Proposed rule for DACA – Comments are due November 29

12 mins read

On September 28, 2021, the US Citizenship and Immigration Services published a proposed rule for Deferred Action for Childhood Arrivals (DACA) to protect the program from future legal challenges. According to United We Dream, the largest immigrant youth-led network in the country, the rule would be helpful but falls short of laying out a pathway to citizenship and ensuring work permits. There is a 60-day comment period on (Be sure to read the rules for comments, including, for example, not using scripted sentences.) United We Dream encourages comments which:

  • support and expand eligibility for DACA which provides deportation protection and work permits for nearly 600,000 Dreamers,
  • advocate for a clear pathway to citizenship so Dreamers can live in this country without the stress of biannual renewals and fear of deportation,
  • include work authorization into the DACA protections, to ensure DACA recipients aren’t blocked from obtaining work permits in the future.

 According to the NY Times, a federal judge in Texas ruled in July that the DACA program was unlawful because the Obama administration “had not taken the proper steps in establishing the program, running afoul of the Administrative Procedure Act.” DHS has consequently continued to accept renewals but has not approved any new applications for the program. This new rule would go into effect after the administration considers public input during the 60-day comment period.

ACTION: Submit your comments in support of DACA to by November 29, 2021!

Comment directly on the Promote the Votes’ three maps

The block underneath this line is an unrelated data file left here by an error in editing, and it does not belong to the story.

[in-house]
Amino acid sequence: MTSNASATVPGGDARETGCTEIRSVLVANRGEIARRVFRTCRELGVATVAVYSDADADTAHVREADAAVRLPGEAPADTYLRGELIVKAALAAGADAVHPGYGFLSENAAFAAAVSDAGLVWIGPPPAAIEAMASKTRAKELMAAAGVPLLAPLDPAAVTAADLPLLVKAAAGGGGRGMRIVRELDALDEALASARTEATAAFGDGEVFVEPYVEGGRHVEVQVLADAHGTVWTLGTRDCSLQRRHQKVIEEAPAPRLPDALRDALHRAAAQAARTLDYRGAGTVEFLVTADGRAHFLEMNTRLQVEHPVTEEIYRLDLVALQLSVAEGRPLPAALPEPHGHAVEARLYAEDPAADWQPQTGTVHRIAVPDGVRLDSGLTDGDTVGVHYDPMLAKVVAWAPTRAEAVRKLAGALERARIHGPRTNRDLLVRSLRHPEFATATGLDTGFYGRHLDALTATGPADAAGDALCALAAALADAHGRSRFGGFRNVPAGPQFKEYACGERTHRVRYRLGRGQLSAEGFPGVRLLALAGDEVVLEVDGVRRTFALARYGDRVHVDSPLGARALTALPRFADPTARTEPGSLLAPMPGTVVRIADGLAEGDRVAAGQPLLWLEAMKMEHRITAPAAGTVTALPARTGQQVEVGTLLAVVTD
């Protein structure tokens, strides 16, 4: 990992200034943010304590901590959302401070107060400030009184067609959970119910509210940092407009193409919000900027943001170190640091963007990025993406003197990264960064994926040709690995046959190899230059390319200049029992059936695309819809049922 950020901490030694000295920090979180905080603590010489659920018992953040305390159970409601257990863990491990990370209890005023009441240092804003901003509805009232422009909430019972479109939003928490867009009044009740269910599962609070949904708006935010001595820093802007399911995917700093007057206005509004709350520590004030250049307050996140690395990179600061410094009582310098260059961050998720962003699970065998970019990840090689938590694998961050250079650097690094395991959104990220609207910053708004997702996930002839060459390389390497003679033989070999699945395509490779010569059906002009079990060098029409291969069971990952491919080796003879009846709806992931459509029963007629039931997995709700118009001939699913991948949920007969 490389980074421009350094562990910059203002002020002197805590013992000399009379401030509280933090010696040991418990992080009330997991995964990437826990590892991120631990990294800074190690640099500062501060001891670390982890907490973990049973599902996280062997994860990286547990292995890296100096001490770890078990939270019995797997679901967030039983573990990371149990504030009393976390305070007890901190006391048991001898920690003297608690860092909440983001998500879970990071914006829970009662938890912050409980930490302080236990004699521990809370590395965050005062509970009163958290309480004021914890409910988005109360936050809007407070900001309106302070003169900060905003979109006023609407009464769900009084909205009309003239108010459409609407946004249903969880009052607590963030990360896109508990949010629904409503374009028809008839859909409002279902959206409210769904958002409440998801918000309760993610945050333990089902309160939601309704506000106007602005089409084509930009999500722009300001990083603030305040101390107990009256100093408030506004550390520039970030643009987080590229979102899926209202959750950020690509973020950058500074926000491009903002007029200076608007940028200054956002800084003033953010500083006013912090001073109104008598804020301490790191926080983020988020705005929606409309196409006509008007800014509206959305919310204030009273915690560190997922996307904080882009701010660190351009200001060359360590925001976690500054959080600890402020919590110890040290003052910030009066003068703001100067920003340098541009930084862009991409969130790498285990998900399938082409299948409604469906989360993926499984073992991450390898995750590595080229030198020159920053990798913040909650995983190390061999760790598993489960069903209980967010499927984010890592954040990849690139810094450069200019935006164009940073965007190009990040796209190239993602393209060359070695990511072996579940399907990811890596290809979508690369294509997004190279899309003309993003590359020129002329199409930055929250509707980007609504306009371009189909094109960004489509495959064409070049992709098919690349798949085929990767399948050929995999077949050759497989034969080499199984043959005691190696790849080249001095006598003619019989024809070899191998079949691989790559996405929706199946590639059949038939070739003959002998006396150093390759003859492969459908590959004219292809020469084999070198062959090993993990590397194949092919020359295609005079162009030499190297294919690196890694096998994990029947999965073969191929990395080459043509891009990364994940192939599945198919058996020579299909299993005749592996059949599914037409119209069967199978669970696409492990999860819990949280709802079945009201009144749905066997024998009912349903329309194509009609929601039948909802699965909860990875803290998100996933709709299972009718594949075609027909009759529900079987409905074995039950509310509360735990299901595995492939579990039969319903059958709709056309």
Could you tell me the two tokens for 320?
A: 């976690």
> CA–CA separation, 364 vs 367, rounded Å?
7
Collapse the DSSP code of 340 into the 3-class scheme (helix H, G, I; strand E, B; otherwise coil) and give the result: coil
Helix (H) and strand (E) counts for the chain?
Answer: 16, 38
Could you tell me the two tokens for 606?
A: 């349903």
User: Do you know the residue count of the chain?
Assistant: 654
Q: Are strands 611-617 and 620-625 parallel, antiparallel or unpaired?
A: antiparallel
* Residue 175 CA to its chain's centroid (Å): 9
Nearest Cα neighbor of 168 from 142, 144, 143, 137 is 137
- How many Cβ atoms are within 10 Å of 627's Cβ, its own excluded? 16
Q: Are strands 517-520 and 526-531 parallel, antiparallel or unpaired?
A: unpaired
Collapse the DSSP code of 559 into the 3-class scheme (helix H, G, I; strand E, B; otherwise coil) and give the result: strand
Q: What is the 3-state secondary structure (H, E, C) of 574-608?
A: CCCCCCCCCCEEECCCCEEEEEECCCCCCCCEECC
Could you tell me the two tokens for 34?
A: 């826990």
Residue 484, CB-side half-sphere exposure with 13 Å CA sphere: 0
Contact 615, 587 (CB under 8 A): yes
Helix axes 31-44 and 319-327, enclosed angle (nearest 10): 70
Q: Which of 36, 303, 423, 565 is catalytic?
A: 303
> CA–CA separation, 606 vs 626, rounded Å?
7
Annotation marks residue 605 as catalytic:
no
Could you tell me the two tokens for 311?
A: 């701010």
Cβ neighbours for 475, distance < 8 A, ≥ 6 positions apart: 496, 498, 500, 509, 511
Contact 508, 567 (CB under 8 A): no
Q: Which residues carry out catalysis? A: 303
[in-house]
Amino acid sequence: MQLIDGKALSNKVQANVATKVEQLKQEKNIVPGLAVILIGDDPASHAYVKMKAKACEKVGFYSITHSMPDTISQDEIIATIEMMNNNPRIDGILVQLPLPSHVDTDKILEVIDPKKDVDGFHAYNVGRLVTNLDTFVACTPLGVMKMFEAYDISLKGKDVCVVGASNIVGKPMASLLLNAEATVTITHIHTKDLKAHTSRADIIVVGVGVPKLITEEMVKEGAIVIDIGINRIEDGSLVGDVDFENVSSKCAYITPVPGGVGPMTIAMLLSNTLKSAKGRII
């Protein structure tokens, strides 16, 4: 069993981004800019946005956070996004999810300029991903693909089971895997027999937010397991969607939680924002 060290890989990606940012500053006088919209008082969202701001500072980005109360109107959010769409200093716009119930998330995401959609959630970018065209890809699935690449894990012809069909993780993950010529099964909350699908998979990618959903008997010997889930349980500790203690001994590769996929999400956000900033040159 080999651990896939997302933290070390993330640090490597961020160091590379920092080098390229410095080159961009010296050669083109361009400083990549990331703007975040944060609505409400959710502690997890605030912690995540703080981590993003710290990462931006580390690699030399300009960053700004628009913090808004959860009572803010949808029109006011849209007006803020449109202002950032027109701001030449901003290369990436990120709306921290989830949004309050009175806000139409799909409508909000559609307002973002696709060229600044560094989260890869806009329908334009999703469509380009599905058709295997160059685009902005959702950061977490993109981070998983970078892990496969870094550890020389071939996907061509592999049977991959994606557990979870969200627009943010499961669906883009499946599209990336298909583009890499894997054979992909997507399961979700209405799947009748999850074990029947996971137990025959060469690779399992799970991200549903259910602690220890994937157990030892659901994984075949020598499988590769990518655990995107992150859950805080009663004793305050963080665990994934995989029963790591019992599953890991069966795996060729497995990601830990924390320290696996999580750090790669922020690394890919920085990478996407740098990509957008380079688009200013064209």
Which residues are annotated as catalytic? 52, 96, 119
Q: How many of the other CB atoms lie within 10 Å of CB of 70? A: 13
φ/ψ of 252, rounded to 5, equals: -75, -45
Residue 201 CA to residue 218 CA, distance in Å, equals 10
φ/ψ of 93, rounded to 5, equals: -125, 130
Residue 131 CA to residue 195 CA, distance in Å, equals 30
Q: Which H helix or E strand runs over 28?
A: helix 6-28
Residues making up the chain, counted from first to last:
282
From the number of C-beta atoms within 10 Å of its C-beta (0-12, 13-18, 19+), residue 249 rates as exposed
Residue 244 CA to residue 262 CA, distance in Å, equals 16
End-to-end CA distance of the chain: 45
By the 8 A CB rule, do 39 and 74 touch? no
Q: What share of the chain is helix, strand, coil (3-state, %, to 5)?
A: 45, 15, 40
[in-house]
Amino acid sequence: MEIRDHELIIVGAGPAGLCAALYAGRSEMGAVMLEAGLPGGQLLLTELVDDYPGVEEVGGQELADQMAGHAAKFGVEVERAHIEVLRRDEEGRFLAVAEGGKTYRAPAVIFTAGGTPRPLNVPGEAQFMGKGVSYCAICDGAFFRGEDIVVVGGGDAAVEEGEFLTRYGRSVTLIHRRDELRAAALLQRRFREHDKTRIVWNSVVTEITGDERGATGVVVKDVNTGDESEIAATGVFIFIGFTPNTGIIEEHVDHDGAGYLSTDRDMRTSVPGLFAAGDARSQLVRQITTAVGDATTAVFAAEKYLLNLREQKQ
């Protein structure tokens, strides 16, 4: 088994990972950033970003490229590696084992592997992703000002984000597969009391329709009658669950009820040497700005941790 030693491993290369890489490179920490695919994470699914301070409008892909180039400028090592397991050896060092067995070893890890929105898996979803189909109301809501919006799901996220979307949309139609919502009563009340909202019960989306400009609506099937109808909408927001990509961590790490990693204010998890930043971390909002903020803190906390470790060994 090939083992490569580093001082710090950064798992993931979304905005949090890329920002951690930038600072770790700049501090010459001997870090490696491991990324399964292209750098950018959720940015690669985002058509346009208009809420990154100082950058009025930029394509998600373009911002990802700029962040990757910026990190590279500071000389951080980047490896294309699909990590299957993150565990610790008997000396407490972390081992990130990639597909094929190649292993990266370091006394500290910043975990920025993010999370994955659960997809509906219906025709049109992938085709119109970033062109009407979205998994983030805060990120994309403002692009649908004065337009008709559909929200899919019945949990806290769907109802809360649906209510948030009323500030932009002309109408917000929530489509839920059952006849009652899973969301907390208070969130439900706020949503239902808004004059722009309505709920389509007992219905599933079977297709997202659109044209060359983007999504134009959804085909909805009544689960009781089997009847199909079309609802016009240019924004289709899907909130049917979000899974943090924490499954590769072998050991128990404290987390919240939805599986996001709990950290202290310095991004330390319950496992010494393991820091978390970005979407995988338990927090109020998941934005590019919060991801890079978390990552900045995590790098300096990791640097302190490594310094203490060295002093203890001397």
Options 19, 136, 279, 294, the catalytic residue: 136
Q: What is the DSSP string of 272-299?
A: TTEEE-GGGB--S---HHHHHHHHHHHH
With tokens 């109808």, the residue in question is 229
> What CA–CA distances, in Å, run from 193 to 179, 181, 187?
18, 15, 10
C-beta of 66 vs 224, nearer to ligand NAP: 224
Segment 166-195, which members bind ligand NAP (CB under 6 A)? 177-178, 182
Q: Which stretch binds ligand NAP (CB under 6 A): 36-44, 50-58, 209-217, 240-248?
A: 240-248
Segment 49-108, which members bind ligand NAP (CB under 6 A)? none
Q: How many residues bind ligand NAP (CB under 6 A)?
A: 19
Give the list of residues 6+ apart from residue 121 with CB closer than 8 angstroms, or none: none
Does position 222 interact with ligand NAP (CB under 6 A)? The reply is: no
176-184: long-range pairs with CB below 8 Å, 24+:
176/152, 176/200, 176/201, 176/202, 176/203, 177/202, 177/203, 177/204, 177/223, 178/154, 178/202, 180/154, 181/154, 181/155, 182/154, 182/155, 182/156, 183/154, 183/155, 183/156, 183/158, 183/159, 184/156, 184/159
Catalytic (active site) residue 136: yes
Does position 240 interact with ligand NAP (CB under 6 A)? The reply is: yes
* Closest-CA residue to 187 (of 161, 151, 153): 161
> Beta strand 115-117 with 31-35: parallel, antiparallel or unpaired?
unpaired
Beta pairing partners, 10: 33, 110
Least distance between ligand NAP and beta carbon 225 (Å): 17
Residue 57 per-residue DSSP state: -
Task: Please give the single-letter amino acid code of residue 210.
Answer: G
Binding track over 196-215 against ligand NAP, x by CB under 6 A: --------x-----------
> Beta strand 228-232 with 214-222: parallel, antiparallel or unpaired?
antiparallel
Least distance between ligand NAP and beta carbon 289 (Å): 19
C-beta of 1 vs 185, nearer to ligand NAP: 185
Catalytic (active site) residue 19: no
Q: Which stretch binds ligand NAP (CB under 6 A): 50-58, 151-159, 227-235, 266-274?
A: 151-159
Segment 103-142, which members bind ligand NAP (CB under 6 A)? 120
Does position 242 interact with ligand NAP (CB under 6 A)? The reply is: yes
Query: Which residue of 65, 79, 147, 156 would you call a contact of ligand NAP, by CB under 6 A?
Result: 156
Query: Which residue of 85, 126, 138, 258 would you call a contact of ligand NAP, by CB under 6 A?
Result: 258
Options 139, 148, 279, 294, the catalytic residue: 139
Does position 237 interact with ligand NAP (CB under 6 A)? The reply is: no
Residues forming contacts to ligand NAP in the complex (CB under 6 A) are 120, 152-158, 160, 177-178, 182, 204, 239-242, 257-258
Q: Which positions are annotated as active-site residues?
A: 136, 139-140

Yousef and You virtual coffee hoursRep. Yousef Rabhi, 53rd House district:, Phone: (517) 373-2577. discussions are 10 am on the 4th Saturday of the month and 6 pm on the 2nd Monday of the month. Click to register:

Thursday, November 4 State Rep Donna Lasinski coffee hour

Join her at the Chelsea District Library for a conversation about recent activity in Lansing and House District 52. More here. 6 pm

Visit the PEG website to view the comprehensive listing of Upcoming Events!

Things to do

Sign up now to comment on the redistricting mapsPlease tell the MICRC they must make sure the redistricting maps have zero political bias and don’t benefit either party. The vote on proposed maps is planned to be by Friday, November 5, so sign up now to give comments, either live or via Zoom.

Talking points to prioritize partisan fairness:

  • Your job is to get as close to zero on the partisan bias scores as possible. If you’re over 1%, you still have work to do.
  • “Communities of interest” is NOT an excuse to pack voters of a particular party into fewer and fewer districts to weaken their voice.
  • How is any map fair in which one party can win a majority of the seats while losing a majority of the votes?
  • We voted for Prop 2 in 2018 to rid Michigan of the rigged system. We want fair maps that create a level playing field.
  • No one on the Commission should vote to approve a map that gives a disproportionate advantage to one political party.